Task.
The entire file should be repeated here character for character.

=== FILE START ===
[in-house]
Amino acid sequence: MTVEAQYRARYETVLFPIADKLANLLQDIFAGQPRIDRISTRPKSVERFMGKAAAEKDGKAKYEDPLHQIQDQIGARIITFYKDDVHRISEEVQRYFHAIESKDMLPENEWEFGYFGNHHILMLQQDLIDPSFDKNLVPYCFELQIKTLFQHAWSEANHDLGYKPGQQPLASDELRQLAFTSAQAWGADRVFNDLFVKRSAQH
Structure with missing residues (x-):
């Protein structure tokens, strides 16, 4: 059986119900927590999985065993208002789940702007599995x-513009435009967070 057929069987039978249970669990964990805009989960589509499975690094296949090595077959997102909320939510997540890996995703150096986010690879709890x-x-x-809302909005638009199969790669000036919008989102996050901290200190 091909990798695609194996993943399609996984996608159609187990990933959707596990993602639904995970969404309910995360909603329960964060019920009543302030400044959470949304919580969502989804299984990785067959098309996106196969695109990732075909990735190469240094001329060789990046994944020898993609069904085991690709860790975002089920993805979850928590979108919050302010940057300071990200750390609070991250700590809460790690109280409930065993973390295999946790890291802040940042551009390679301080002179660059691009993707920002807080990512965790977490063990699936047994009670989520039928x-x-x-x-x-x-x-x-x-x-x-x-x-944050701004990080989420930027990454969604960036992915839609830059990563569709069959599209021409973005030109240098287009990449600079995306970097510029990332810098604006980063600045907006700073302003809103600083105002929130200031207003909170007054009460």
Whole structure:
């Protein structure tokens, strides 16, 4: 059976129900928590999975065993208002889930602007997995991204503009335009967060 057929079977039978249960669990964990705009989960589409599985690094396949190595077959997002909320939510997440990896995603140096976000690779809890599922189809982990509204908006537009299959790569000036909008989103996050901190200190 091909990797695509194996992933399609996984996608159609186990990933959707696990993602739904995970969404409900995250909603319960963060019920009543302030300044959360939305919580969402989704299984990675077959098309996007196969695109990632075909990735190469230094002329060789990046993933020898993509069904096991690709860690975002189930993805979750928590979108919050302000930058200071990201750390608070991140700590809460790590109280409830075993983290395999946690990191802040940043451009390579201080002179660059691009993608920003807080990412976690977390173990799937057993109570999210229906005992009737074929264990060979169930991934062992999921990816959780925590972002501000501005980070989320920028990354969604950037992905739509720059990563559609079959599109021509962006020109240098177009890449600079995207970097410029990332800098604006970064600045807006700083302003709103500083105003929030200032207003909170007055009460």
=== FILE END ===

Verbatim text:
[in-house]
Amino acid sequence: MTVEAQYRARYETVLFPIADKLANLLQDIFAGQPRIDRISTRPKSVERFMGKAAAEKDGKAKYEDPLHQIQDQIGARIITFYKDDVHRISEEVQRYFHAIESKDMLPENEWEFGYFGNHHILMLQQDLIDPSFDKNLVPYCFELQIKTLFQHAWSEANHDLGYKPGQQPLASDELRQLAFTSAQAWGADRVFNDLFVKRSAQH
Structure with missing residues (x-):
């Protein structure tokens, strides 16, 4: 059986119900927590999985065993208002789940702007599995x-513009435009967070 057929069987039978249970669990964990805009989960589509499975690094296949090595077959997102909320939510997540890996995703150096986010690879709890x-x-x-809302909005638009199969790669000036919008989102996050901290200190 091909990798695609194996993943399609996984996608159609187990990933959707596990993602639904995970969404309910995360909603329960964060019920009543302030400044959470949304919580969502989804299984990785067959098309996106196969695109990732075909990735190469240094001329060789990046994944020898993609069904085991690709860790975002089920993805979850928590979108919050302010940057300071990200750390609070991250700590809460790690109280409930065993973390295999946790890291802040940042551009390679301080002179660059691009993707920002807080990512965790977490063990699936047994009670989520039928x-x-x-x-x-x-x-x-x-x-x-x-x-944050701004990080989420930027990454969604960036992915839609830059990563569709069959599209021409973005030109240098287009990449600079995306970097510029990332810098604006980063600045907006700073302003809103600083105002929130200031207003909170007054009460």
Whole structure:
């Protein structure tokens, strides 16, 4: 059976129900928590999975065993208002889930602007997995991204503009335009967060 057929079977039978249960669990964990705009989960589409599985690094396949190595077959997002909320939510997440990896995603140096976000690779809890599922189809982990509204908006537009299959790569000036909008989103996050901190200190 091909990797695509194996992933399609996984996608159609186990990933959707696990993602739904995970969404409900995250909603319960963060019920009543302030300044959360939305919580969402989704299984990675077959098309996007196969695109990632075909990735190469230094002329060789990046993933020898993509069904096991690709860690975002189930993805979750928590979108919050302000930058200071990201750390608070991140700590809460790590109280409830075993983290395999946690990191802040940043451009390579201080002179660059691009993608920003807080990412976690977390173990799937057993109570999210229906005992009737074929264990060979169930991934062992999921990816959780925590972002501000501005980070989320920028990354969604950037992905739509720059990563559609079959599109021509962006020109240098177009890449600079995207970097410029990332800098604006970064600045807006700083302003709103500083105003929030200032207003909170007055009460």